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Ensuring the security of supply in a state of emergency

The ongoing pandemic has caused an unprecedented shock to the continuity of many everyday functions that were previously taken for granted. The pandemic and the consequent state of emergency have put Finland’s overall security to the test, writes Jukka Ruusunen, Fingrid’s President & CEO, who also chairs the Council for Security of Supply and Infrastructure.
Fingridin toimitusjohtaja Jukka Ruusunen
Jukka Ruusunen, Fingrid’s President & CEO

From the standpoint of physical and mental crisis resilience, it is important to be able to trust in the continuity of vital societal functions, even in such extraordinary circumstances. Security of supply ensures that the basic matters of importance to citizens continue to function throughout the state of emergency: there is enough electricity, heating, fuel, foods and clean drinking water, health care, telecommunications networks and everyday logistics continue to function, and payment services keep going. Activities to ensure the security of supply are currently under more intense scrutiny than perhaps ever before. For the first time in its history, the security of supply has been put to a real practical test by the state of emergency.

The security of supply is a crucial aspect of overall security

Security of supply means safeguarding the essential economic functions and systems required to maintain the population’s livelihood, the country’s economy and national defence throughout major disruptions and states of emergency. The security of supply is based on laws and decrees, as well as the Government’s decisions on the objectives of the security of supply.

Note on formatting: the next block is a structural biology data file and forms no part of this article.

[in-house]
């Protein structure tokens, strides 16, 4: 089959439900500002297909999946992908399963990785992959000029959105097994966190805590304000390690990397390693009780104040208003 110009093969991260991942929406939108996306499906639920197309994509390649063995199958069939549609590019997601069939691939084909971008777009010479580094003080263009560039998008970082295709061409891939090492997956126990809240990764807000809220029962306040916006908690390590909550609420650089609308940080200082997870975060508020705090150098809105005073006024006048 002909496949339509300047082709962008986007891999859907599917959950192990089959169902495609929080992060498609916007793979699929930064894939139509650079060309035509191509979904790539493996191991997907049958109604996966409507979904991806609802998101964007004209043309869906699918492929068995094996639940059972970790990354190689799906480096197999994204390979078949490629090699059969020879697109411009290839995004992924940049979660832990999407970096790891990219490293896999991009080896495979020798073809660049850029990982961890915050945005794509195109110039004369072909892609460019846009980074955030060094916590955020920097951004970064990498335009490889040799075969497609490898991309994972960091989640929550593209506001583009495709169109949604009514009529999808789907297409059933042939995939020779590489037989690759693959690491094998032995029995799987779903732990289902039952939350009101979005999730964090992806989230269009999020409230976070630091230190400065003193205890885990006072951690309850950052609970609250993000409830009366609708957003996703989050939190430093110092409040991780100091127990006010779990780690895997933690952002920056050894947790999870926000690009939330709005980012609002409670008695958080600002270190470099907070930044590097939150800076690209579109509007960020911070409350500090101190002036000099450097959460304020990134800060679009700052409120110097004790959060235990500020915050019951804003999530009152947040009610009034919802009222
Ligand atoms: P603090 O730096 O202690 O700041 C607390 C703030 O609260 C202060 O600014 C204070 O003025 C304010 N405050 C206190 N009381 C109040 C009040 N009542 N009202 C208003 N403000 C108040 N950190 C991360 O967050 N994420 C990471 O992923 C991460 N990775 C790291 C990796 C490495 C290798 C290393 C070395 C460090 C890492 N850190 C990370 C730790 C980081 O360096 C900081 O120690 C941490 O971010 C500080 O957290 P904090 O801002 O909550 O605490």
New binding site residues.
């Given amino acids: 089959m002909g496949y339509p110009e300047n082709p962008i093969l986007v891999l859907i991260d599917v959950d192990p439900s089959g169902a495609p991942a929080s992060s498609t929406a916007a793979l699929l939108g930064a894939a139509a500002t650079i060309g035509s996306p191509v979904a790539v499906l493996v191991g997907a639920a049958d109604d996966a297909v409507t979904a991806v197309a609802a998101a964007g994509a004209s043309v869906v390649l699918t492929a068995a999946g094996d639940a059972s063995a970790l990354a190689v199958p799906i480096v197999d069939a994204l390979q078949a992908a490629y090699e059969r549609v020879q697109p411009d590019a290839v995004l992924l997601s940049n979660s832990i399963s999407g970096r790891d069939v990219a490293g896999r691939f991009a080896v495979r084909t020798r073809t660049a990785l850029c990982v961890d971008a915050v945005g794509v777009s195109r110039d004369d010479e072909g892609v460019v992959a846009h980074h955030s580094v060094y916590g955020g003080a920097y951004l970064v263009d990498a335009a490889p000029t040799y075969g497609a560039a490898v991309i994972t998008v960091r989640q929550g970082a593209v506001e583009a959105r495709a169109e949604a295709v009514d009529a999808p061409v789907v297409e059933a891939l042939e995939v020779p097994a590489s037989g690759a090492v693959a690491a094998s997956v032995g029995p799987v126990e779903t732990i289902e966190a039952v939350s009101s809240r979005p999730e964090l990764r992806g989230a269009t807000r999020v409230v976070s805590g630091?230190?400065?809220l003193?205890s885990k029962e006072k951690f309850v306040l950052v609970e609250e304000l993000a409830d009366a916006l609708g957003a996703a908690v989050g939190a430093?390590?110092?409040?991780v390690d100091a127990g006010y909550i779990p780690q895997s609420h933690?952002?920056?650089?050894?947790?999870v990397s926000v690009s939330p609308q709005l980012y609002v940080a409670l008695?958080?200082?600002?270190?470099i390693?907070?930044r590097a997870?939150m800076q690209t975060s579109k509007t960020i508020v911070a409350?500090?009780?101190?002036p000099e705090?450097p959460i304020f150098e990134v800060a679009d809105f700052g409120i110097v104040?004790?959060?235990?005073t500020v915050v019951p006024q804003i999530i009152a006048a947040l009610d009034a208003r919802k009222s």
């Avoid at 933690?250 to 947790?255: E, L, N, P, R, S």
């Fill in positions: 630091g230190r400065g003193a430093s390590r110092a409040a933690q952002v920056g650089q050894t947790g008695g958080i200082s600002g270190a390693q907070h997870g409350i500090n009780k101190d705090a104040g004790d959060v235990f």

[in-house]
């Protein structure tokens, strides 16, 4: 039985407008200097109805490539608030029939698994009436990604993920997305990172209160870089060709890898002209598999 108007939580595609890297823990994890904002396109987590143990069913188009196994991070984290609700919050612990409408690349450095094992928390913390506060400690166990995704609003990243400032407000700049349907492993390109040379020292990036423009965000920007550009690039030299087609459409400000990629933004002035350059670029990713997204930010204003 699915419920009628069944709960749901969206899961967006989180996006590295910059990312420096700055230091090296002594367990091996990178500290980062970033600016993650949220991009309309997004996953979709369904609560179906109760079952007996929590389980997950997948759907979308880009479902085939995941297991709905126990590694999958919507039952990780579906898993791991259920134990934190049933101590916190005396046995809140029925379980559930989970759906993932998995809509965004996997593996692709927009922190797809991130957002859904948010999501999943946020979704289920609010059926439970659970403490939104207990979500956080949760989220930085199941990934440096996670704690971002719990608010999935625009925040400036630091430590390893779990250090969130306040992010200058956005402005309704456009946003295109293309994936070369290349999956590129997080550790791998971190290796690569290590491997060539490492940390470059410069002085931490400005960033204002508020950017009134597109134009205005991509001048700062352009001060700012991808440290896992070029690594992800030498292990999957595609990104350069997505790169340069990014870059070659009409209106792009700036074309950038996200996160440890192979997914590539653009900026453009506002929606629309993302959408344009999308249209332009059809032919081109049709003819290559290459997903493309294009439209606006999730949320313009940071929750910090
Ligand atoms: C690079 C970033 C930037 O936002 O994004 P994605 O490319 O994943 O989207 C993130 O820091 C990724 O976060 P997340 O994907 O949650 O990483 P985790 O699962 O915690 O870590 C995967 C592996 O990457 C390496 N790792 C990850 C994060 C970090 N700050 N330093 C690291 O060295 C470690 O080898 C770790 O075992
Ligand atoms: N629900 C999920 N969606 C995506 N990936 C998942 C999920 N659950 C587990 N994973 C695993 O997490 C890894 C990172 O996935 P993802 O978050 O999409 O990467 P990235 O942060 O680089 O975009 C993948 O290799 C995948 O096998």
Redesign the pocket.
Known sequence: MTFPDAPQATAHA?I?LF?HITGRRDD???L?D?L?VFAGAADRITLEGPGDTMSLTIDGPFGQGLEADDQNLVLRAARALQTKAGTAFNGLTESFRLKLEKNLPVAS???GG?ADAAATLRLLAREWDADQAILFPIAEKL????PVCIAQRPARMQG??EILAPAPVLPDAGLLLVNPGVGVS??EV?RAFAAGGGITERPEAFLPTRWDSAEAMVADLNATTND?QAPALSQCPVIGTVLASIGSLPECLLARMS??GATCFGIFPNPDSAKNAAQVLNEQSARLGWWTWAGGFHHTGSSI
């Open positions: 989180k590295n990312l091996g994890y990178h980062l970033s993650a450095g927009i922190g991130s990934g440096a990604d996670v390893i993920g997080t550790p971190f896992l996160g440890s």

Finland’s security of supply activities cover the national infrastructures, organisations, structures and processes that are essential for basic societal functions. Vital sectors include the availability of energy, logistics, digital networks, food and water supply, and many other areas of critical production and services.

Public- and private-sector cooperation plays a key role

Cooperation between businesses and public administration forms the cornerstone of Finland’s security of supply. This cross-sectoral work plays a key role in ensuring the continuity of vital societal functions during a crisis. The critical functions in Finnish society cannot be kept going without the help of businesses. The active, independent contribution of businesses in security of supply work has always been a distinctive characteristic of Finland. The basis for cooperation rests on the positive experiences gained and operating methods established shortly after World War II.